Last week, Oracle co-founder and CTO Larry Ellison claimed that Oracle's new autonomous systems will eliminate all data breaches. Not everyone's buying it.
"Autonomous systems eliminate human labor," Ellison said in a keynote address. "And when you eliminate human labor, you eliminate pilot error."
For example, this summer's Capital One data breach was caused by a configuration error within its Amazon Web Services cloud infrastructure.
"Amazon takes a very reasonable position," said Ellison. "Saying, 'Hey, you misconfigured the system, that's your mistake, we at Amazon can't be responsible.' If you spend the night drinking and get into your Ford 150 and crash it, that's not Ford's problem. But if you get into an autonomous Tesla, it should drive you home safely."
Oracle, with its autonomous, self-configuring, self-tuning database, operating system, and cloud infrastructure is the self-driving car in this example.
"So, in the Amazon cloud, if you make an error and it leads to catastrophic data loss, that's on you," he said. "In the Oracle cloud... the system is responsible for preventing data loss. Not you. Us. Or, more precisely, our automated systems. No human labor. No human error. No data loss. That's a big difference between us and AWS."
But if any cloud company was to become first to roll out a fully autonomous, self-configuring system, would it be Oracle?
Oracle currently has less than 1.8 percent of the cloud market, according to Gartner’s latest estimate, putting it behind Amazon, Microsoft, Alibaba, Google, and IBM. All those other companies are better known for their machine learning technology than Oracle is.
"If I was in their shoes, I'd be less about trying to complete in the AI world but double down on what they do best and drive value in the enterprise market," said Brian Johnson, CEO and co-founder at DivvyCloud, a cloud security vendor and an Oracle partner.
Oracle has a lot of experience working with large enterprises, something which Amazon and Google aren't always good at, he said.
"If you're going to bet on AI, you're going to bet on Google," he said. "Or you might bet on Amazon. You're not going to bet on Oracle."
And even if Oracle did get the machine learning right, it wouldn’t stop data breaches, he added.
"That would be an amazing feat, and I wish them the best of luck," he said. "But the next level of attacks is most certainly coming. The autonomous cloud, or whatever they call it, will also have problems and holes that can be exploited. The more complex you make a system the more potential you have for security vulnerabilities."
In addition, there's only so much a cloud provider can do if a client insists on running insecure applications, said Sid Nag, VP of cloud research at Gartner.
"Are they going to say, you can't put these kinds of workloads on the cloud?" he asked. "If the customer doesn't comply, are they going to reject the business of that customer?"
There's also a lack of details about how, specifically, Oracle plans to use machine learning to automate security.
"They're saying that other clouds aren't secure, and their cloud is secure," said Nag. "But it's not clear how. I'm not saying that they don't have a unique technology. I just don't know what it is."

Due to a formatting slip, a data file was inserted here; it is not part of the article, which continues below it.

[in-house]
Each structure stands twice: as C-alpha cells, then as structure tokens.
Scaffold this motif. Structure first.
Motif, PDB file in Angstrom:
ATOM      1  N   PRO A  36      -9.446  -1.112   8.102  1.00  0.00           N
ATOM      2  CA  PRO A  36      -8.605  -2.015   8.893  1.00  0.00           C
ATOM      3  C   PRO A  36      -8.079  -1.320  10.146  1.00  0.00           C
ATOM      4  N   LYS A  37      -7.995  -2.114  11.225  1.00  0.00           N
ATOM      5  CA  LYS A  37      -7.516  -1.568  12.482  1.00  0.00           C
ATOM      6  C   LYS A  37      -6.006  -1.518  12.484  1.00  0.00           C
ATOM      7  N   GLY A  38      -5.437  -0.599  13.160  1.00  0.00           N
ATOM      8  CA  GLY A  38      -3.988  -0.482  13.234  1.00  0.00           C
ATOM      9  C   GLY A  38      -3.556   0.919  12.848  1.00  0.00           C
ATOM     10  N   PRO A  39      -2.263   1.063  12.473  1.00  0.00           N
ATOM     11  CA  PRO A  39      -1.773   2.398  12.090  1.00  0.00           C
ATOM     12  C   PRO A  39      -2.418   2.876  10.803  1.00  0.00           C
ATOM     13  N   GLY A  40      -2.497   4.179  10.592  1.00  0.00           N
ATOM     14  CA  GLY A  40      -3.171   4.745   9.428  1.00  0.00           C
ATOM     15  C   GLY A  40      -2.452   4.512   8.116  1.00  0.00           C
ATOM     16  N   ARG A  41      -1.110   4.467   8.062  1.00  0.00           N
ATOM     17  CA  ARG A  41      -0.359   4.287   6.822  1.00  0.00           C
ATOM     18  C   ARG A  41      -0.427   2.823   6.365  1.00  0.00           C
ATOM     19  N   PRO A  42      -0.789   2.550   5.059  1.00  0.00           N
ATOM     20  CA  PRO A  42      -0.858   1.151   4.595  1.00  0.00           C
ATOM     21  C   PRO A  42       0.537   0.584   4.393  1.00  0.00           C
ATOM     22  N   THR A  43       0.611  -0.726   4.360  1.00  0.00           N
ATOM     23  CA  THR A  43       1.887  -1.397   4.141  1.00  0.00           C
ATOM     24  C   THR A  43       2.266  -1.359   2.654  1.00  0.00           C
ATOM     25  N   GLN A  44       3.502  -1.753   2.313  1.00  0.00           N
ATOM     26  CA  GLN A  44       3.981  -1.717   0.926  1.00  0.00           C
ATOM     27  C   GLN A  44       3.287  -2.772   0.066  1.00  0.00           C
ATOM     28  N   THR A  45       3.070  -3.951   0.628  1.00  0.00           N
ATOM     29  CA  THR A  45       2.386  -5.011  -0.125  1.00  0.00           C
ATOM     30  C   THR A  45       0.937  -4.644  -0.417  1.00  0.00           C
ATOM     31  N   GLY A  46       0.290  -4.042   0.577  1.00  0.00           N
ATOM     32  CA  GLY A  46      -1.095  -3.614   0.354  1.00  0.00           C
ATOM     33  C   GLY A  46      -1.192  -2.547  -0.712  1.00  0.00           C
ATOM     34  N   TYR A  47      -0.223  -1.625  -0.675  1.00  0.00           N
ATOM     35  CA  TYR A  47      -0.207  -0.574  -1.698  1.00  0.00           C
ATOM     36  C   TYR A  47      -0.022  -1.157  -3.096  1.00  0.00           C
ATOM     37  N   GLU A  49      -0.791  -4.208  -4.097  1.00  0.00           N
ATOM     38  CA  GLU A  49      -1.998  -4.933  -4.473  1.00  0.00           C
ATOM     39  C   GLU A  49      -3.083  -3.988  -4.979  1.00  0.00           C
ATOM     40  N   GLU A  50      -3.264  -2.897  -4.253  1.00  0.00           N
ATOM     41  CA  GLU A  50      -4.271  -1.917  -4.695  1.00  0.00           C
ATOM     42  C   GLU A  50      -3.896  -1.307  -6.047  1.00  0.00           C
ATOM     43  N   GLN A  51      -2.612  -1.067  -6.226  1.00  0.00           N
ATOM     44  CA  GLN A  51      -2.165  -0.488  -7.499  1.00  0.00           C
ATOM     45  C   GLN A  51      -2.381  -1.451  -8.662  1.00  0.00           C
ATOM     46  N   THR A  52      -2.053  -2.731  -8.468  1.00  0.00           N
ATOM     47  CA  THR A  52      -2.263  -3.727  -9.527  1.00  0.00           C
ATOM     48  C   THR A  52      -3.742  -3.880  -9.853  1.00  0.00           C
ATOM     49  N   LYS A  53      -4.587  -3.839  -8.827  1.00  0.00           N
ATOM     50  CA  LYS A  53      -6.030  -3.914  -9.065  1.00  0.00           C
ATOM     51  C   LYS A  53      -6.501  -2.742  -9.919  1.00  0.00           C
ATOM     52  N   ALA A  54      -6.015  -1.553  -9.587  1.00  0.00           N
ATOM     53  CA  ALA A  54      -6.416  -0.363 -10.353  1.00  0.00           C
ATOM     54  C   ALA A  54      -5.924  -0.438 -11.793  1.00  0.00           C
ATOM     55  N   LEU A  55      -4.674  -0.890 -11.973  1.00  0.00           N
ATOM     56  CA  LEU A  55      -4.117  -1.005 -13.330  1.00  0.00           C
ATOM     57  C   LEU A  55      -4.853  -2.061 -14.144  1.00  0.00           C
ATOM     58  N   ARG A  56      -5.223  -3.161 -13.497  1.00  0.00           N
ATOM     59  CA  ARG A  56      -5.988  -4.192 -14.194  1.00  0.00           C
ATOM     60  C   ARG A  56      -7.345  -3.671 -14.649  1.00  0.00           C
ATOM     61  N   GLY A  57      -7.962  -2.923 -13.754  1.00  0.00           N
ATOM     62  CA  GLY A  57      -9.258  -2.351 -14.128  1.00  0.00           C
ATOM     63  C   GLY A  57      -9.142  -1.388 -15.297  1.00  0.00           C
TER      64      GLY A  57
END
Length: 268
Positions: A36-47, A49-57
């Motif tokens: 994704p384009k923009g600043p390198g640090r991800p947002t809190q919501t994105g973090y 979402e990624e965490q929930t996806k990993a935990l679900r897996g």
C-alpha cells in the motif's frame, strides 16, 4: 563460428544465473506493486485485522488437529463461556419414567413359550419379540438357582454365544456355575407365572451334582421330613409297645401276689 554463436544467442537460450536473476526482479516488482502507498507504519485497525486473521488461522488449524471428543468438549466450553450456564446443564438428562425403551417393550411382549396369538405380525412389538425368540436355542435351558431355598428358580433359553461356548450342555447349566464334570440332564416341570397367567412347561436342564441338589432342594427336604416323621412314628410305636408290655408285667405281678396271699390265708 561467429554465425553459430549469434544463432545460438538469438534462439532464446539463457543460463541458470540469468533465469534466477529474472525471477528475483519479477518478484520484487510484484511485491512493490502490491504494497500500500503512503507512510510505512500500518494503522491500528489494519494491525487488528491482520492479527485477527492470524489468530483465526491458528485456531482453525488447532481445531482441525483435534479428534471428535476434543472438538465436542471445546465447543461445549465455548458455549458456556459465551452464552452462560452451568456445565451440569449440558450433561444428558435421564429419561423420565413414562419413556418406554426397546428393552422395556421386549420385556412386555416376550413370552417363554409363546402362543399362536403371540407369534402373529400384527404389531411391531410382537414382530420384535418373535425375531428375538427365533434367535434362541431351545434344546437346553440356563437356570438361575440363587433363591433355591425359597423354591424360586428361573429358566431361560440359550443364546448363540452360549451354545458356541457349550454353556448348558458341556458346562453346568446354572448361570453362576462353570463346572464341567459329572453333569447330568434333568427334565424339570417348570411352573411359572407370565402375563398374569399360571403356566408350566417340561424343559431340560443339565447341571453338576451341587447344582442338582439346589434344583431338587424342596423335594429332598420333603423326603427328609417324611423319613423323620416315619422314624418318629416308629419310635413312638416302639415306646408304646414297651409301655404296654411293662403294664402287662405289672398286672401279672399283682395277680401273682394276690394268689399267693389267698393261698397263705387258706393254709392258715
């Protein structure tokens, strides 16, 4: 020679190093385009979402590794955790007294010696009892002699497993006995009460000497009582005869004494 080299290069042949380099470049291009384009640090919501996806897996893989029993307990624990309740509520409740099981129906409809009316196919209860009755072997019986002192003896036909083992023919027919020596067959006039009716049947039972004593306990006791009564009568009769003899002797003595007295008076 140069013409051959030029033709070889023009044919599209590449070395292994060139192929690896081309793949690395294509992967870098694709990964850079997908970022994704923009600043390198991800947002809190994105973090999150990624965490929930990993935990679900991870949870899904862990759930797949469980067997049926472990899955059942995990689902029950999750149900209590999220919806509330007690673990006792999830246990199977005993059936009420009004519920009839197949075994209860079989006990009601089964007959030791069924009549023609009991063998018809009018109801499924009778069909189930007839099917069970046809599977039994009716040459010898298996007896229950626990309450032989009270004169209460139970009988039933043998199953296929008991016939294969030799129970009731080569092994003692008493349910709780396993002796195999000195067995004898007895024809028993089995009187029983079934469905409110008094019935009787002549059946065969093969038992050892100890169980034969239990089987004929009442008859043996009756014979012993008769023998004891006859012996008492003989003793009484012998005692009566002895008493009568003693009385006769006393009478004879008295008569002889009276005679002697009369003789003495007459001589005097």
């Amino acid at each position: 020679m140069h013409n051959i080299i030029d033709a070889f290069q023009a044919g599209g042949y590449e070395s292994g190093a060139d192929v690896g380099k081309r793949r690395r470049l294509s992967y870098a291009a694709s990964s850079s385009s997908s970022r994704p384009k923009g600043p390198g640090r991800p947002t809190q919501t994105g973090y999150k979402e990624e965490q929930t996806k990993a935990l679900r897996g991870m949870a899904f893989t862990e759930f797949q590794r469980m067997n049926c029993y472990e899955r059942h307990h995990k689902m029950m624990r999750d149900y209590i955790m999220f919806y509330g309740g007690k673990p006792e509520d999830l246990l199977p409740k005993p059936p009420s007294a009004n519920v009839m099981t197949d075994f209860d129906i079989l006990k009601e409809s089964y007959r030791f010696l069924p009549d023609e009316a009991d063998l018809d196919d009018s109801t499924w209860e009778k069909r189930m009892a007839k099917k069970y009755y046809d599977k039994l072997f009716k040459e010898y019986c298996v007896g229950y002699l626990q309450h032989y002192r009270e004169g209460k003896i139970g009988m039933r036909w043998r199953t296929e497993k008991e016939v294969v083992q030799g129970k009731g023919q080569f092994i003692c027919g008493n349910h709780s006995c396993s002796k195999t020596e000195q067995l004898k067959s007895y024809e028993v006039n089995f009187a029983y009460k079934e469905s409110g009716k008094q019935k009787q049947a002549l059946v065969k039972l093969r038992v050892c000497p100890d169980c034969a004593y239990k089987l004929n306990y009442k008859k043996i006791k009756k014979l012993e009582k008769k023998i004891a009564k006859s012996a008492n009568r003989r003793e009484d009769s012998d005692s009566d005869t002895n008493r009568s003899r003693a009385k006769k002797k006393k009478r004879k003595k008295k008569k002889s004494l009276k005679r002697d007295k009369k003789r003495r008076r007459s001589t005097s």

He's not the only one who wants to see more details.
"Oracle needs to show how it is more secure, rather than say it’s more secure," said Marty Puranik, CEO at Atlantic.Net, a data center provider. "Oracle is pushing their autonomous database technology, but once again we need to see proof that it works compared to alternative solutions."
Mike Lloyd, CTO of cybersecurity vendor RedSeal, called Oracle's latest promises an example of "hyperbolic marketing."
"People find clouds inherently confusing, not least when trying to understand who is responsible for what," he said. "Of course, if you think your cloud vendor is responsible for some aspect of security, but they think you’re responsible for it, then you’re on a road to a bad place."
Whether or not it makes a difference that some of the responsibility for cloud configurations is being shifted from the customer to the provider is a matter of opinion, he said – but it's not revolutionary change.
I talked to Fred Kost, VP of security product marketing at Oracle, to get some clarification on these issues.
He admitted that Oracle's new autonomous approach to cloud securing isn't going to eliminate all breaches.
"Information security is very much a cat-and-mouse game," he said. "You shore up your defenses, and the attacker thinks differently and pokes a hole through in a different way. But I think we can be better at configuring and operating systems."
For example, he said, the self-patching, encryption-by-default, and self-optimizing capabilities are already available in Oracle's cloud databases. The new Oracle Data Safe, a unified control center for automating database security, is already shipping.
Oracle's new autonomous distribution of Linux is also already available for customers, including automatic patching and other intelligent security capabilities.
The other two big cybersecurity improvements – Oracle Maximum Security Zones and Oracle Cloud Guard will be available next year, he said.
The combination of these security technologies should dramatically reduce cloud security risks, he said – even if customers use the cloud to run their own insecure applications.
The Capital One breach, for example, involved several different points of failure, he said.
"If a customer brings something into the environment that's vulnerable, let's say they're running something that isn't patched, the attacker won't get any further," he said. "We've done all the work to lock down the environment, so the attacker doesn't get very far."